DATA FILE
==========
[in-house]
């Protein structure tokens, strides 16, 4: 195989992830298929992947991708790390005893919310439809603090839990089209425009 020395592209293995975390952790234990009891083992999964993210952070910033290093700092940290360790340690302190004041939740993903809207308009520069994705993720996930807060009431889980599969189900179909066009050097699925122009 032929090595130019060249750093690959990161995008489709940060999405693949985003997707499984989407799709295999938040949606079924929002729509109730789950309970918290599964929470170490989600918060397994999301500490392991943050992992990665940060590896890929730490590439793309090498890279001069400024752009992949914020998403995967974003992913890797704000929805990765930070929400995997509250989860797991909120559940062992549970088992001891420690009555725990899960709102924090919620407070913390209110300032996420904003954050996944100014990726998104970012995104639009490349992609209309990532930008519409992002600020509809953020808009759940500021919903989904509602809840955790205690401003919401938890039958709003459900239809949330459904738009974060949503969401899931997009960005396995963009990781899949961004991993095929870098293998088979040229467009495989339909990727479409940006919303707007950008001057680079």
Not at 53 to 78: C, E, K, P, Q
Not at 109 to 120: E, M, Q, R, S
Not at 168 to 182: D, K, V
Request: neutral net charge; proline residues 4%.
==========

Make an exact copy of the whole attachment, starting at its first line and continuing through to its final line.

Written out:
[in-house]
């Protein structure tokens, strides 16, 4: 195989992830298929992947991708790390005893919310439809603090839990089209425009 020395592209293995975390952790234990009891083992999964993210952070910033290093700092940290360790340690302190004041939740993903809207308009520069994705993720996930807060009431889980599969189900179909066009050097699925122009 032929090595130019060249750093690959990161995008489709940060999405693949985003997707499984989407799709295999938040949606079924929002729509109730789950309970918290599964929470170490989600918060397994999301500490392991943050992992990665940060590896890929730490590439793309090498890279001069400024752009992949914020998403995967974003992913890797704000929805990765930070929400995997509250989860797991909120559940062992549970088992001891420690009555725990899960709102924090919620407070913390209110300032996420904003954050996944100014990726998104970012995104639009490349992609209309990532930008519409992002600020509809953020808009759940500021919903989904509602809840955790205690401003919401938890039958709003459900239809949330459904738009974060949503969401899931997009960005396995963009990781899949961004991993095929870098293998088979040229467009495989339909990727479409940006919303707007950008001057680079």
Not at 53 to 78: C, E, K, P, Q
Not at 109 to 120: E, M, Q, R, S
Not at 168 to 182: D, K, V
Request: neutral net charge; proline residues 4%.